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Mercury ‘Viewpoint’ – Are you ready for kick-off?


Love it or hate it, the new foohorseytball season is upon us once more as tomorrow sees the big kick-off in the Premiership and Championship.  I wonder how many people will have any idea that several of the clubs involved began as church teams as Victorian Christians set out to provide activities for people in their communities. Almost a third of all the clubs that have played in the FA Premier League, (12 of the 38 teams), owe their existence to a church
We should also remember that Thomas Hughes’ Tom Brown’s Schooldays (1857), was inspired by, and inspired, the Christian sporting ethos of the public schools, which in turn inspired and influenced the development of ‘muscular Christianity’, as many clergymen in the 1870s, who were products of the public school system, passed on the values they had learned on their school sports fields to the young people in their parishes. There was a rapid spread of church cricket and football clubs throughout the country and members of the choir of Holy Trinity Church, Bordesley started a cricket club that eventually became Birmingham City FC, the headmaster of Christ Church Boys’ School, Bolton started a Sunday School football club that one day would become Bolton Wanderers and a Football Club was founded at St Mary’s Church, Southampton, which became the Southampton team still known as ‘The Saints.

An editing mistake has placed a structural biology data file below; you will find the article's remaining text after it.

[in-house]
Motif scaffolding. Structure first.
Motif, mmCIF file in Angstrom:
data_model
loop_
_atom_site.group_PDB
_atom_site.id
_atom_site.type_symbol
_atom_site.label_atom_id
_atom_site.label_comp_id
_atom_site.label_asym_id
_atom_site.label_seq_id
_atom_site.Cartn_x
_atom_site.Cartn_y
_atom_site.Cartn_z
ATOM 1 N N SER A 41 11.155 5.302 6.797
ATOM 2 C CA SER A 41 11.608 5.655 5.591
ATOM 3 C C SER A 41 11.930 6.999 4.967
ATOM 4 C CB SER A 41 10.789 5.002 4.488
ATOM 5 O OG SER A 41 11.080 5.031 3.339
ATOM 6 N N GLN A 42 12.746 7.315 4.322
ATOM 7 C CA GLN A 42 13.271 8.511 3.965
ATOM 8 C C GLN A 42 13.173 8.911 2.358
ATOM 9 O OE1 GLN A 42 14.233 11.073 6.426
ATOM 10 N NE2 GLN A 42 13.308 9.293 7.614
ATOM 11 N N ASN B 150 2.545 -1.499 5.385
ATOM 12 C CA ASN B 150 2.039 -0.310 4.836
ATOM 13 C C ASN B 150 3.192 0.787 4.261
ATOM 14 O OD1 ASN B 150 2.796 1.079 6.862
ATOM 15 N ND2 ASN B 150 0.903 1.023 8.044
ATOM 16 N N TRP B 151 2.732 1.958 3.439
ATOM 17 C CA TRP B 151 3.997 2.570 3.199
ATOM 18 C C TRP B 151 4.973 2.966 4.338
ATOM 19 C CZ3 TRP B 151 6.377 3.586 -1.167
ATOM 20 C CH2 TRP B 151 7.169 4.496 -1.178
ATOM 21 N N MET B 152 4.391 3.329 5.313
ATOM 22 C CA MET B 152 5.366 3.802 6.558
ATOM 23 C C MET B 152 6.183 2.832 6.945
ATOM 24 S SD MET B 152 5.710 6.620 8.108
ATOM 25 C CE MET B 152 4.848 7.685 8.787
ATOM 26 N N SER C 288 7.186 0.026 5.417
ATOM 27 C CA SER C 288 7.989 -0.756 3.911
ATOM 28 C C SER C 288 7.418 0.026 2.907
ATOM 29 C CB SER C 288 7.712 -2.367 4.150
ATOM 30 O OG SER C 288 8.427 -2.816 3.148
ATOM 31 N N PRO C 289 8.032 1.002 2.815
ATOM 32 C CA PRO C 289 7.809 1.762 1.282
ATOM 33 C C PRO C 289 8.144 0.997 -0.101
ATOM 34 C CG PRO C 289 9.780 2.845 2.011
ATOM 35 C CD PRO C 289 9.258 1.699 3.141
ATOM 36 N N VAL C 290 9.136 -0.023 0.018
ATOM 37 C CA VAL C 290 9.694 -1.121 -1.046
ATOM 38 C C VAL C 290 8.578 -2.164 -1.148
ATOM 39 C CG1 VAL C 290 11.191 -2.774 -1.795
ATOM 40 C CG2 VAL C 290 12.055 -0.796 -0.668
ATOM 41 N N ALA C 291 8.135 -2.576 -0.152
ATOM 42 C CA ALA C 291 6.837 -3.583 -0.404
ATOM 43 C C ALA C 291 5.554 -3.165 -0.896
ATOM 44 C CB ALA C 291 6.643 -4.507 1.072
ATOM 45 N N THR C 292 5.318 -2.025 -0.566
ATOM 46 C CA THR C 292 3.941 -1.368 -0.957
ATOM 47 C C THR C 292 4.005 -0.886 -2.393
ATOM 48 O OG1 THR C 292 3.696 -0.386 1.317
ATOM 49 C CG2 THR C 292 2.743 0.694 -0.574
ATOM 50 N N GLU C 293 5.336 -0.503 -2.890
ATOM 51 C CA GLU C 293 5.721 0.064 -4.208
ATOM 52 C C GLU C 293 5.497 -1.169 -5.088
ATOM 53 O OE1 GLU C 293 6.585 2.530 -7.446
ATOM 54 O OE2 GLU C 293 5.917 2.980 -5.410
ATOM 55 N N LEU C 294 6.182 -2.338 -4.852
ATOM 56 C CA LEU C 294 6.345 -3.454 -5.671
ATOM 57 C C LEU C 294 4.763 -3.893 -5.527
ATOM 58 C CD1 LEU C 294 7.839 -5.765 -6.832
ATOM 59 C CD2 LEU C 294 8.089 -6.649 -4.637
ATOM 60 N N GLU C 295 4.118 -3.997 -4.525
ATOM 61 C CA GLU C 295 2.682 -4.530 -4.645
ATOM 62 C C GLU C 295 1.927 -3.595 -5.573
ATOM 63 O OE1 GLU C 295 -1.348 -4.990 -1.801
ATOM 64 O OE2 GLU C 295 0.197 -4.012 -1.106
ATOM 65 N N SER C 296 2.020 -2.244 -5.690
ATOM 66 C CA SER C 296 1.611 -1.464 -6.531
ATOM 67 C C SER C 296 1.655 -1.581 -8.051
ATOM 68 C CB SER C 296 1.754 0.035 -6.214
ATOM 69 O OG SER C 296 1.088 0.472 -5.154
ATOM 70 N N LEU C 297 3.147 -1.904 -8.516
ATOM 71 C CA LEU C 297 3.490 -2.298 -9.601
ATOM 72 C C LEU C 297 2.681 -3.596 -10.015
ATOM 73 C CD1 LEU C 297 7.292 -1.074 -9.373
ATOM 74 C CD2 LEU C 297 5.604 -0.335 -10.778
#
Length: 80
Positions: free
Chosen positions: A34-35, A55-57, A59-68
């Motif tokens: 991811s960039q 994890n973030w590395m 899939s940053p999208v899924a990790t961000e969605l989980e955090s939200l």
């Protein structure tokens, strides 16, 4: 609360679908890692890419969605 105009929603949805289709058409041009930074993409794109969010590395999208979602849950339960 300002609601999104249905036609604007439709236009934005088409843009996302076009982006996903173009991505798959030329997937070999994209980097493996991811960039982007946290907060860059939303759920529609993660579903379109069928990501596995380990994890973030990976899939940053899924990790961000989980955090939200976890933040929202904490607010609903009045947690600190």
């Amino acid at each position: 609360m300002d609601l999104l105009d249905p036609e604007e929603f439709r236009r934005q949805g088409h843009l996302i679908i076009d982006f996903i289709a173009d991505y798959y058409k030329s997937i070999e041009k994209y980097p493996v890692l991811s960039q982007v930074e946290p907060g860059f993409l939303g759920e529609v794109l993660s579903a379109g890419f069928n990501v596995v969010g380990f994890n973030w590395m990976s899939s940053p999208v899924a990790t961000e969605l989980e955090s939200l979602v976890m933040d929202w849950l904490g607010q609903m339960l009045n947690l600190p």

The Victorian clergymen who were so instrumental in nurturing clubs into existence and growth can never have imagined how things would develop over the next 130 years or so. Their fostering of healthy exercise for the working classes, which developed into not only exercise but also entertainment, nurtured a sport that is sadly now priced beyond theRev Albert Cadmore means of many working class people as spectators, as wages have spiralled and ticket prices have escalated.
But the Christian presence is still there as Sports Chaplaincy has become more widespread, and there are now around forty chaplains associated with Premiership and Championship teams, and a further thirty five in Football Leagues One and Two. 
The role of sports chaplains is to provide pastoral care and encouragement to players and others, and in my role as a football chaplain, it pleases me to look back to our Victorian predecessors, and identify a link with their ‘muscular Christianity’. Perhaps all of us who are involved in the lives of our churches should learn lessons from those times about taking our faith out into the world and maybe a dose of modern ‘muscular Christianity’ could be a force for good in our world today. 
Albert Cadmore